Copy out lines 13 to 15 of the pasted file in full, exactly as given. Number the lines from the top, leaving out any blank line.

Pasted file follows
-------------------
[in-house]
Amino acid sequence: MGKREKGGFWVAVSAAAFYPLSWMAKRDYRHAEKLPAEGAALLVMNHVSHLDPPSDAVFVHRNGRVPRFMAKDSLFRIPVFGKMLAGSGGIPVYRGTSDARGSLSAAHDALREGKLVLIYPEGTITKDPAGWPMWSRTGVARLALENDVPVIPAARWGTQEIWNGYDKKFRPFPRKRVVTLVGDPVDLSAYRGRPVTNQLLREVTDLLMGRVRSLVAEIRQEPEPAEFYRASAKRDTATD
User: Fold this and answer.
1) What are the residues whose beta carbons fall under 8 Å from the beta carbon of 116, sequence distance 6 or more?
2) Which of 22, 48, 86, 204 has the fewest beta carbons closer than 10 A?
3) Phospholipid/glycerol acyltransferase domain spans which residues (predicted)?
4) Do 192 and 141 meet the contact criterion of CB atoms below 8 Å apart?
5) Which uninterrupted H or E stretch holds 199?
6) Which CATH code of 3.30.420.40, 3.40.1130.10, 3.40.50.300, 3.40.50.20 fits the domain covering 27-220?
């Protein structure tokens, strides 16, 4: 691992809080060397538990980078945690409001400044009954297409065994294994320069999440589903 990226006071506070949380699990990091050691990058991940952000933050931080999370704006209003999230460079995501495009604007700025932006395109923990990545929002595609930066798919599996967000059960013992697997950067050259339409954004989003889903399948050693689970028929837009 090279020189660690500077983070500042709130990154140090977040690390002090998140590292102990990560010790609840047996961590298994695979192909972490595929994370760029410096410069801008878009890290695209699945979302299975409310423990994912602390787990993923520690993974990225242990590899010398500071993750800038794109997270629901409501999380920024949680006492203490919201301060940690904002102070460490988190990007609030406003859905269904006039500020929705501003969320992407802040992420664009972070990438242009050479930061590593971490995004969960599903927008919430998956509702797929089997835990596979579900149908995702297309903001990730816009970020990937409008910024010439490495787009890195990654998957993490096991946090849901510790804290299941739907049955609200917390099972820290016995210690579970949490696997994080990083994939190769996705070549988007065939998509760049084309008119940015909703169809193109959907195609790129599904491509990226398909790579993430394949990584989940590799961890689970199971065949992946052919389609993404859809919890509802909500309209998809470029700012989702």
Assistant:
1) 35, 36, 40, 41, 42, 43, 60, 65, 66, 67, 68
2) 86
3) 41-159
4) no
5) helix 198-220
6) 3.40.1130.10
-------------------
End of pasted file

2) 86
3) 41-159
4) no